Kekula passed away in October 2013. Her message below is preserved from the time when she was activley making lovely lei hulu.
Welcome to Tetura Designs.
I learned the craft of Lei Hulu, Hawaiian feather lei making, from my mother and another kumu (teacher) when I was young.
My feather leis are fashioned after traditional, ancient designs, which are round or spiral. (The flat lei style—humu papa—used as a hatband is more contemporary.)
I make two different styles of lei. With the wili poepoe, the feathers are placed so they stand up, making a fluffy effect. With the lei kāmoe, the feathers are placed lying down against each other, creating a very smooth, velvety feel.
I use goose feathers that are custom dyed to mimic the colors of the original native birds (see below).
Each feather is individually wrapped and tied with aloha and joy. The feathers are sewn around a core of yarn, with ribbon attached at each end for tying.
Lei hulu can be worn around the neck, head, or as hat-bands, and may be worn by women and men.
Historically feathers symbolized royalty and nobility and were worn only by the Hawaiian ali'i.
Today they can be worn by anyone with a love for beautiful craft and a respect for the Hawaiian culture.
These leis are heirloom quality pieces of art, and while not being worn they can be displayed, for example in frames or koa display boxes.
I hope you'll enjoy wearing them as much as I enjoy making them.
Also see my tips for wearing and caring for feather leis below.
Featherwork in Hawai'i
Using feathers in clothing and ornaments is an ancient tradition in Hawai'i. Of all the Polynesian peoples, the Hawaiians have been widely recognized as having developed the most advanced featherwork:
When the early Polynesians first settled here (in Hawai'i), they brought with them some knowledge of featherwork. Throughout the Pacific Islands we see other cultures with feather articles... For example, in New Zealand, the Maori had feather capes, the Marquesans had feather headdresses, and the Tahitians and Samoans had feather ornaments. However, nowhere do we find such an intricate and highly developed technique of featherwork as we do in Hawai'i.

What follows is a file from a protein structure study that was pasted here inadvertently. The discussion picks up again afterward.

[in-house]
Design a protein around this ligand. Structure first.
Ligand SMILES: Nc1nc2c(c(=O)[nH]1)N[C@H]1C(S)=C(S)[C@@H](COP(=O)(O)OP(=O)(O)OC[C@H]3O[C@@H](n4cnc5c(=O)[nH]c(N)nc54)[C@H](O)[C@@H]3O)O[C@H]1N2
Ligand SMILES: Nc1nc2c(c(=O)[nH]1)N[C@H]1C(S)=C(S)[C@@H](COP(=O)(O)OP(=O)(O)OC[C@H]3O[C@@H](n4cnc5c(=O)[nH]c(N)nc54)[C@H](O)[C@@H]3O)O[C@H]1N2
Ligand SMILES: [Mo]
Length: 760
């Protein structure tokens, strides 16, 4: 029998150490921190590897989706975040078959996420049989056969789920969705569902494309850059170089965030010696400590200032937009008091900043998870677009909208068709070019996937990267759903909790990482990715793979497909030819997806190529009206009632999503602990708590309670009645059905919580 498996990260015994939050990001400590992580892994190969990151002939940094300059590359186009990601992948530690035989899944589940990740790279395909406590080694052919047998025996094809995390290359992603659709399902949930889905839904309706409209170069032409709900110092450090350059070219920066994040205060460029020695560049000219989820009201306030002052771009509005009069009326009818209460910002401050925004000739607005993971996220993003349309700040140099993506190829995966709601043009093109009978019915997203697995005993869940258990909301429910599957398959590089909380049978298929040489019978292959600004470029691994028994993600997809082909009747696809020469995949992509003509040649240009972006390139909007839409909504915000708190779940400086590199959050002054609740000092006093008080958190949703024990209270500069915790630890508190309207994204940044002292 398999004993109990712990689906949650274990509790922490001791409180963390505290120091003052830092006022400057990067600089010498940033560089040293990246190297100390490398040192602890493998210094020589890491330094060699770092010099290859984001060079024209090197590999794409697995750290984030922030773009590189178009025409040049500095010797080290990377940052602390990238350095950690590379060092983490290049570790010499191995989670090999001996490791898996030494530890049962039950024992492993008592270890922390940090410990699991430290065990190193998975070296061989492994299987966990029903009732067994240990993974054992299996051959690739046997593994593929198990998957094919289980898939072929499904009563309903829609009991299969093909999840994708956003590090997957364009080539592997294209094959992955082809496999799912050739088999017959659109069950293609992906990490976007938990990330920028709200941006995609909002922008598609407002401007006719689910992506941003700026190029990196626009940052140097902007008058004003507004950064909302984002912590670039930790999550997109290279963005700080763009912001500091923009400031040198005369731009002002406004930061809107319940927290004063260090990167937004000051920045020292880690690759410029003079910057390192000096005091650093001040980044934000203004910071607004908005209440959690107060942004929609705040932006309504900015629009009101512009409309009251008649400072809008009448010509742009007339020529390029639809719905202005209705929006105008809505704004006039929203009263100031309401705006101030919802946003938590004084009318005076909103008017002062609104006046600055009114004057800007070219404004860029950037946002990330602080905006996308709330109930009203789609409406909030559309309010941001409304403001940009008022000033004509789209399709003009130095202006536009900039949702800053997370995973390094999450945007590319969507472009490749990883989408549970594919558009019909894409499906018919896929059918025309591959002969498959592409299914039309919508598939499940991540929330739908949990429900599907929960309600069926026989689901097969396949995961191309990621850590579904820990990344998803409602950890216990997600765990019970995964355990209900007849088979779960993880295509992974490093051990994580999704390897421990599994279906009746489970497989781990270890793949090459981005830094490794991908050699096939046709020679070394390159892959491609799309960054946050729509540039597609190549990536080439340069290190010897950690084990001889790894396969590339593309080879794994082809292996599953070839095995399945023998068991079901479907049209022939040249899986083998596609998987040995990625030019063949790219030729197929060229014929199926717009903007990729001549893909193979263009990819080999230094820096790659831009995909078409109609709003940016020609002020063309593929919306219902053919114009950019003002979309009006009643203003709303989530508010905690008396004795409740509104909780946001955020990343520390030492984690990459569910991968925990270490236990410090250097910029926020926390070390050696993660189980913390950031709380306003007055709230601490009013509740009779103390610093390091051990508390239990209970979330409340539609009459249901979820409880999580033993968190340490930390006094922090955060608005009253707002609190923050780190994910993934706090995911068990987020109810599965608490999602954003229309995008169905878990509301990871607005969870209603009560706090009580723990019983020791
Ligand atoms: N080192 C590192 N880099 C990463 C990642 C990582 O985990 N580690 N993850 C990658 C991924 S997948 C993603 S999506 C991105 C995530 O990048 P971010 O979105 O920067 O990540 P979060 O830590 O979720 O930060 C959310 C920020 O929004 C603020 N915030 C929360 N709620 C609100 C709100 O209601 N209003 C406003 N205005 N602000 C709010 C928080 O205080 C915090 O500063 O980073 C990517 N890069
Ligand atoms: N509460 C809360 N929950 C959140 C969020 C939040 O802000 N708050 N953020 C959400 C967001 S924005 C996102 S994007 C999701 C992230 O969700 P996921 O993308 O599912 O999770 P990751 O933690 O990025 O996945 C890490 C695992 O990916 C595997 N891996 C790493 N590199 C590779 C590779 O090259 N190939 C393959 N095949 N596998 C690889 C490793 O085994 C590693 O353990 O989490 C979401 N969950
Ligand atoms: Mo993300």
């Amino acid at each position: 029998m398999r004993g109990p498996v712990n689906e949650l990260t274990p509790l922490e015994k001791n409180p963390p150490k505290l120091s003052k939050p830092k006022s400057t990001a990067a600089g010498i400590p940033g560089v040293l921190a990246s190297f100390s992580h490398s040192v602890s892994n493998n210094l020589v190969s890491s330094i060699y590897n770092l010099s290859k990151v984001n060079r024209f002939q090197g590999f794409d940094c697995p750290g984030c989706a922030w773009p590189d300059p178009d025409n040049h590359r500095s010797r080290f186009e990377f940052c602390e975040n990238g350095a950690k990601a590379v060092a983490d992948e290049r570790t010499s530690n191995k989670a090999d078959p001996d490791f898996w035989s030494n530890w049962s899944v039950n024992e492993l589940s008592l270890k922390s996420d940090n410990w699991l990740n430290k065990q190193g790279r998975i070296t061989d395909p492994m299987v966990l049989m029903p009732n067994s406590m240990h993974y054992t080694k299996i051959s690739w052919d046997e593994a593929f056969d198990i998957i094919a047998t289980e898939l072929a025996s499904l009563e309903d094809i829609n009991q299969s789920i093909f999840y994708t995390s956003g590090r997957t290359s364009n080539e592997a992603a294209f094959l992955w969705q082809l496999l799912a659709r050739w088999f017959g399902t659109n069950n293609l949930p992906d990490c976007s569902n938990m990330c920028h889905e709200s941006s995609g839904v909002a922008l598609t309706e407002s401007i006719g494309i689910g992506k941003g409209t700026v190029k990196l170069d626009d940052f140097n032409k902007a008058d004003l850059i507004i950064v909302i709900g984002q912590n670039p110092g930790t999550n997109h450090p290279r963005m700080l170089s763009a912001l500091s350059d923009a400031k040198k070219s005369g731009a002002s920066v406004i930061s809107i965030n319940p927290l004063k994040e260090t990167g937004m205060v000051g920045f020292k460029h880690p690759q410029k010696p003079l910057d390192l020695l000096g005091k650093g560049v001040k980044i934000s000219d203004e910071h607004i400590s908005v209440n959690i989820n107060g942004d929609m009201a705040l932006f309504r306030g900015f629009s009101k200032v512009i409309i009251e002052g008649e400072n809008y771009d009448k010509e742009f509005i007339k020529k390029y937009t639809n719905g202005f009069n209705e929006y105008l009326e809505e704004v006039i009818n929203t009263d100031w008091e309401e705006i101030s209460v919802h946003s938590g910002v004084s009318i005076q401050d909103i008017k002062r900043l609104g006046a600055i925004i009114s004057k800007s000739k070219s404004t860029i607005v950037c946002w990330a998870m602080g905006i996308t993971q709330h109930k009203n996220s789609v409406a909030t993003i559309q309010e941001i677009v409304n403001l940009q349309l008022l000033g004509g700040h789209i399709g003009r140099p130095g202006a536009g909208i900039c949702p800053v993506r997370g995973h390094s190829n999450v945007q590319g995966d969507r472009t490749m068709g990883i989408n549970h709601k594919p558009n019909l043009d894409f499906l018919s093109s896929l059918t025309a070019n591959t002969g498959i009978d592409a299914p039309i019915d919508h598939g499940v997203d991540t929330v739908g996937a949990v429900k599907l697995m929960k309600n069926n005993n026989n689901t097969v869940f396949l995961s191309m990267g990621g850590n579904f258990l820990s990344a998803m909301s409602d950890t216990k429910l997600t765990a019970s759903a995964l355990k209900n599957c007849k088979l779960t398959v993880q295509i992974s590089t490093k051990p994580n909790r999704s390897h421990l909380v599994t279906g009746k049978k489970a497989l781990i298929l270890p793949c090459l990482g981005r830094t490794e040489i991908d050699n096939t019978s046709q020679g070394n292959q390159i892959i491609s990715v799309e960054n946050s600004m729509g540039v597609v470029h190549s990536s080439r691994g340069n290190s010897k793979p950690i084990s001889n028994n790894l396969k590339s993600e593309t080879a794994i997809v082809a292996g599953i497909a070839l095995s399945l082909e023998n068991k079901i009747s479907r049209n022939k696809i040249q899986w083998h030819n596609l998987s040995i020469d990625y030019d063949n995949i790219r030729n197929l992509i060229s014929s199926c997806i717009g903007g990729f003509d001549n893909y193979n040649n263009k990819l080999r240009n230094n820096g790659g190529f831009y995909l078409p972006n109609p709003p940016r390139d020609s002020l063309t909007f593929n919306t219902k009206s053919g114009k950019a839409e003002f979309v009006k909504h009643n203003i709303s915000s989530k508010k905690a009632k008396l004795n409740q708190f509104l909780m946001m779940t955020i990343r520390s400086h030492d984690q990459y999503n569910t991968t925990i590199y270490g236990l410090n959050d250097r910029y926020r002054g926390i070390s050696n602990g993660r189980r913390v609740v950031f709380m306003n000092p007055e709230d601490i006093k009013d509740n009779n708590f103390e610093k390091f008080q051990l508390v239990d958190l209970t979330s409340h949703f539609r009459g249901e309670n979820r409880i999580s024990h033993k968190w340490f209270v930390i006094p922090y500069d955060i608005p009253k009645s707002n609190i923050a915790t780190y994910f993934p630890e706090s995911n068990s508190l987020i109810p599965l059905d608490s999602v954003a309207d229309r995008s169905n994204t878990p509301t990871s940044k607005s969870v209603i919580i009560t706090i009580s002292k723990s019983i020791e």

(From the book Feather Lei as an Art by Mary Louise Kaleonahenahe Kekuewa and Paulette Nohealani Kahalepuna.)
Traditionally, feathers were gathered from native birds including those shown. The Hawaiians who understood and worked the forest regions where these birds lived were careful not to over kill the bird populations. It is known that Kamehameha instructed them to harvest the o'o birds' rare yellow feathers without killing the birds. Specialized bird catchers, po'e hahai manu, spent long months in forest habitats, catching their elusive prey with fiber nets, nooses and even bare hands. Sap from the breadfruit tree was applied to the limbs of trees that desirable birds were known to favor. Once a bird was caught, the bird catcher softened the adhesive with kukui oil and plucked the needed feathers. Since only a few treasured yellow feathers could be gathered from under the neck, wings and tail of the o'o and mamo, these birds were set free, but so many red feathers were gathered from the 'i'iwi and 'apapane, that they were usually killed and eaten. The birds, once abundant in Hawai'i, are largely gone now: the mamo, o'o and 'o'u are extinct; the 'apapane is rare and protected. Today, goose feathers are dyed to resemble the colors of the original native birds.
Bird paintings by F.W. Frohawk.
Tips for wearing and caringBecause the feathers are directional, a lei will tend to rotate around the wearer's neck as it is worn, so it is a good idea to attach the ribbon with a safety pin in the back.
Here's a few common sense care tips:
They can also be displayed in a frame or a koa display box with a glass lid, or in a hutch, so they can be enjoyed even when not being worn.